It’s a common October sight in Western coastal cities like Pacific Grove, Santa Cruz and San Diego, California: clusters of thousands of black-and-orange monarch butterflies clinging to pine, cypress and eucalyptus trees after migrating from colder northern states.
According to a new study published in Biological Conservation, however, numbers of migrating monarchs are down more than 90 percent from the 1980s, and if the decline continues at its current rate, monarchs could be extinct on the West Coast in as little as 20 years.
“In the 1980s, 10 million monarchs spent the winter in coastal California,” said Washington State University Vancouver associate professor Cheryl Schultz, lead author of the study. “Today, there are barely 300,000.”
While the monarch butterfly’s decline on the East Coast has been well documented over the past decade — populations there have declined more than 90 percent since 1996 — this is the first time statistical models have been able to accurately paint a similar picture for the West.
“Scientists, policy makers and the public have been focused on the dramatic declines in the well-known Eastern population, yet this study reveals that Western monarchs are even more at risk of extinction,” said Emma Pelton, a biologist with the Xerces Society. “We will need significant conservation action to save monarch butterflies in the West.”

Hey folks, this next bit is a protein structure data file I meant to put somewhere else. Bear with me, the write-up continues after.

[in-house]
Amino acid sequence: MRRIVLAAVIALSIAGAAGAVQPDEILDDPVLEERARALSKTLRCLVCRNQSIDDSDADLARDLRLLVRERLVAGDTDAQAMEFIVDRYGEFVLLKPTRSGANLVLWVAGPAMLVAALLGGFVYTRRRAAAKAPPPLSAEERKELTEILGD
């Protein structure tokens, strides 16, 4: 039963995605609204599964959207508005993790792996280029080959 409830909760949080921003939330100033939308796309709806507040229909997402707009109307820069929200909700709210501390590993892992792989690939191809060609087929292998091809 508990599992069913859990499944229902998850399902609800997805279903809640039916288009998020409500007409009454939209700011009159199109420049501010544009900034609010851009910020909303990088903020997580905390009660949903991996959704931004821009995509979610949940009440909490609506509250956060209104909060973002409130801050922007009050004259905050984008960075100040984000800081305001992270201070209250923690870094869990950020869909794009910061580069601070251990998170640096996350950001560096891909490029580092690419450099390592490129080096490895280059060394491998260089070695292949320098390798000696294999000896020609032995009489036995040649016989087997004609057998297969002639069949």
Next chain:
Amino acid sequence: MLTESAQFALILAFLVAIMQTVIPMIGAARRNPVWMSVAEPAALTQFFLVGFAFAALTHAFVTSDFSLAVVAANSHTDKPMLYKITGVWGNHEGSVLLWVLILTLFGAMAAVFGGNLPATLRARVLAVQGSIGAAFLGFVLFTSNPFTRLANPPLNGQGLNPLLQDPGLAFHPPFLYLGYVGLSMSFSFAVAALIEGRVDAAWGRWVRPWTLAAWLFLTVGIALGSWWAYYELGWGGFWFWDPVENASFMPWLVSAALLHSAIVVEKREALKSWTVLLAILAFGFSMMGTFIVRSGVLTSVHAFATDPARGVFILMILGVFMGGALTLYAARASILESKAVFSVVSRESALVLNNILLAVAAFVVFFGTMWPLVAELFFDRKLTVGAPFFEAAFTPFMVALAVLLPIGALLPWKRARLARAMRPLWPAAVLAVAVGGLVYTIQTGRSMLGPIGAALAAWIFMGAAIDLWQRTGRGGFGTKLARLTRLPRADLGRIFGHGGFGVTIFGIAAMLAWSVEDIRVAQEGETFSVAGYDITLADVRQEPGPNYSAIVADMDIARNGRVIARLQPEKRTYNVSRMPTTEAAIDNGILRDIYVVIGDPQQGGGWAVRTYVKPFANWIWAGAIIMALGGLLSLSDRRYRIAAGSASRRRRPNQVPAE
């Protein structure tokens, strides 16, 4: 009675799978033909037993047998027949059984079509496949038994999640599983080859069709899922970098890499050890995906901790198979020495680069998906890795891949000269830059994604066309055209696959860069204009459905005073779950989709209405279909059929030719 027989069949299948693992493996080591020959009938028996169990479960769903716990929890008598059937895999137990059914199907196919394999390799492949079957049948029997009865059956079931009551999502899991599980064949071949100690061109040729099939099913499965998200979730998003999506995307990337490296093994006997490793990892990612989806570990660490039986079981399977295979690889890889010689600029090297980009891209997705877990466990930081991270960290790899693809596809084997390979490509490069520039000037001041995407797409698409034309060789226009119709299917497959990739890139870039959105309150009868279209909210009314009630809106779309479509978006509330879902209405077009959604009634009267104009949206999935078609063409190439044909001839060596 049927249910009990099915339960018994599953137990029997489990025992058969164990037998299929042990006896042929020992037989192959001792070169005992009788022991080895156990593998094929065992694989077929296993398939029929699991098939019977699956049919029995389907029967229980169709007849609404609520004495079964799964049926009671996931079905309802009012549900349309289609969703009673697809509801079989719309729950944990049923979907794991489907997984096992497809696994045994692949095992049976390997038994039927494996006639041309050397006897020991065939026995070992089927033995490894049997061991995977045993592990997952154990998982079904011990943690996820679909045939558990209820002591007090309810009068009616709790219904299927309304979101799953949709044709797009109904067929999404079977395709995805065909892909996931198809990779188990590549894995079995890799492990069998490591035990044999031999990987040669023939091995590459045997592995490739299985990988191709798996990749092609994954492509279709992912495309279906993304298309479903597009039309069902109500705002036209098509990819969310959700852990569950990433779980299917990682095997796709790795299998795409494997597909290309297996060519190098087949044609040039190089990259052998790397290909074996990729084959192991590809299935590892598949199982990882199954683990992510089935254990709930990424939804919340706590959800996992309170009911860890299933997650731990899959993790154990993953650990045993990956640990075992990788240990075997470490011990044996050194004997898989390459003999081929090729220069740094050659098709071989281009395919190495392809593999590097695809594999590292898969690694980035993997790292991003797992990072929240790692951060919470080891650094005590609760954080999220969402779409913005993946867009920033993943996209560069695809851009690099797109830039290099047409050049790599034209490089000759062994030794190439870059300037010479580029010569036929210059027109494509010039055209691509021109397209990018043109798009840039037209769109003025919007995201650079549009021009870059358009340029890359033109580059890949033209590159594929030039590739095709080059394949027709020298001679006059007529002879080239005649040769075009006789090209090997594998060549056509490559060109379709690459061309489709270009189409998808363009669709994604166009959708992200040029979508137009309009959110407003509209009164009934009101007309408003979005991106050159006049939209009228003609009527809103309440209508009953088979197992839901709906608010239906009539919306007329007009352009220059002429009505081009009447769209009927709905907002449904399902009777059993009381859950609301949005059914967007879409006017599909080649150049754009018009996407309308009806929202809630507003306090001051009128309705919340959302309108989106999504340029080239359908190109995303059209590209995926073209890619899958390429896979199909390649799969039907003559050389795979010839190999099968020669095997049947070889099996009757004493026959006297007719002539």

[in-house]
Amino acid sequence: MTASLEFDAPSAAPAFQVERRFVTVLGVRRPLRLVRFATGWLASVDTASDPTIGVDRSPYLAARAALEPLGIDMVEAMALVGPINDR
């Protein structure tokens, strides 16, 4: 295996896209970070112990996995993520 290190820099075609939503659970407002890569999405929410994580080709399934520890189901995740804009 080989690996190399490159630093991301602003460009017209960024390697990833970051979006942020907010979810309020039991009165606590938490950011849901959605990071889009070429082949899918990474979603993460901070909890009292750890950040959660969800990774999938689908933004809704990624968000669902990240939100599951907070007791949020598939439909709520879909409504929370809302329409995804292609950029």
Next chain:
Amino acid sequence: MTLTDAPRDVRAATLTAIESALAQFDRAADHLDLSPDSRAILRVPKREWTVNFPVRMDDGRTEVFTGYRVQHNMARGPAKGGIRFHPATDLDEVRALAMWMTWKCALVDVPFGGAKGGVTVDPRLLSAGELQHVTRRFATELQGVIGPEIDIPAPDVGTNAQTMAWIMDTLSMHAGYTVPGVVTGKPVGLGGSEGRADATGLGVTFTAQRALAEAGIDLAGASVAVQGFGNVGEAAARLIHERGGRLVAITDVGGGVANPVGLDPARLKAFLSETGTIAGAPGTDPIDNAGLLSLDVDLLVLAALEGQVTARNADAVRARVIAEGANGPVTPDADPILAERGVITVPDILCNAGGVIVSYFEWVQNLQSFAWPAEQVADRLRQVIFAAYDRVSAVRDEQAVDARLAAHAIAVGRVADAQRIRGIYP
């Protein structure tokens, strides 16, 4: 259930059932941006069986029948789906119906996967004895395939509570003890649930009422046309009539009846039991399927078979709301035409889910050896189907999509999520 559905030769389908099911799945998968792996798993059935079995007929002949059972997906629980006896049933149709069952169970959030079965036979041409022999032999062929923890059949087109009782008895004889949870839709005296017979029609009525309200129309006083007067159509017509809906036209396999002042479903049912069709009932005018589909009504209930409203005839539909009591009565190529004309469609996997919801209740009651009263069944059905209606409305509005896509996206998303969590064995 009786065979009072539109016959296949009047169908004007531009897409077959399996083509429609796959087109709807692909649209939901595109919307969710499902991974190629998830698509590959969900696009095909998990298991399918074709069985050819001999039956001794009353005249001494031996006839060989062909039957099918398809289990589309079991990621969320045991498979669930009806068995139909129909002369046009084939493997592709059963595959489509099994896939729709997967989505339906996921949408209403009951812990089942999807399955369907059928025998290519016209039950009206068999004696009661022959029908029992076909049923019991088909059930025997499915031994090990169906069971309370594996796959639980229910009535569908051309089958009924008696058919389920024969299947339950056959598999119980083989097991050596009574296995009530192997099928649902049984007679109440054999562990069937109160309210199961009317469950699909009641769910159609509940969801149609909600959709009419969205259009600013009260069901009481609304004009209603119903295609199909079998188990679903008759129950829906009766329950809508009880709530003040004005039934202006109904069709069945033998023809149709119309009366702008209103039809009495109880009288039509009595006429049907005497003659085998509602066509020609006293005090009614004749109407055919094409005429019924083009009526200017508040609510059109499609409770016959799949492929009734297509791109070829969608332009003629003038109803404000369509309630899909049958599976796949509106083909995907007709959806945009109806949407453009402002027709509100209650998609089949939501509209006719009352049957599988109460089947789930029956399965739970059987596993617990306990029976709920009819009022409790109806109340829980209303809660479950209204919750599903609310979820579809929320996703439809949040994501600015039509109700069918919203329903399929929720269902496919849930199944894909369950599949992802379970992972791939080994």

In the study, researchers from Washington State University Vancouver, Tufts University in Massachusetts, the University of Georgia and the nonprofit Xerces Society pooled data gathered from volunteers across California dating back to the 1980s, and used mathematical modeling to eliminate minor year-to-year differences.
The results showed a population decline even more rapid than that of the East Coast’s. If the West Coast downtrend continues at its current rate of about 7 percent per year, monarchs have a 72 percent risk of becoming extinct in 20 years — and an 86 percent chance in 50 years.
“This study doesn’t just show that there are fewer monarchs now than 35 years ago. It also tells us that, if things stay the same, western monarchs probably won’t be around as we know them in another 35 years,” said Schultz.
Though the exact cause of the population decline is not known, habitat loss and pesticides are strongly suspected. The monarch, one of the largest butterflies in the world, is especially sensitive to toxins and changes in habitat. The insects consume and lay their eggs on milkweed plants, whose numbers have been annihilated by both development and pesticide use, especially in heavily agricultural central California.
The WSU study was funded by the U.S. Fish and Wildlife Service, which is considering declaring monarchs an endangered species.
“The hard part of being a conservation biologist is documenting species declines,” said Tufts University professor and study co-author Elizabeth Crone. “The exciting part is figuring out how to help declining species recover. In the 20th century, we brought bald eagles back from the brink of extinction by limiting use of DDT. If we start now, we can make the 21st century the era in which monarchs return to our landscapes.”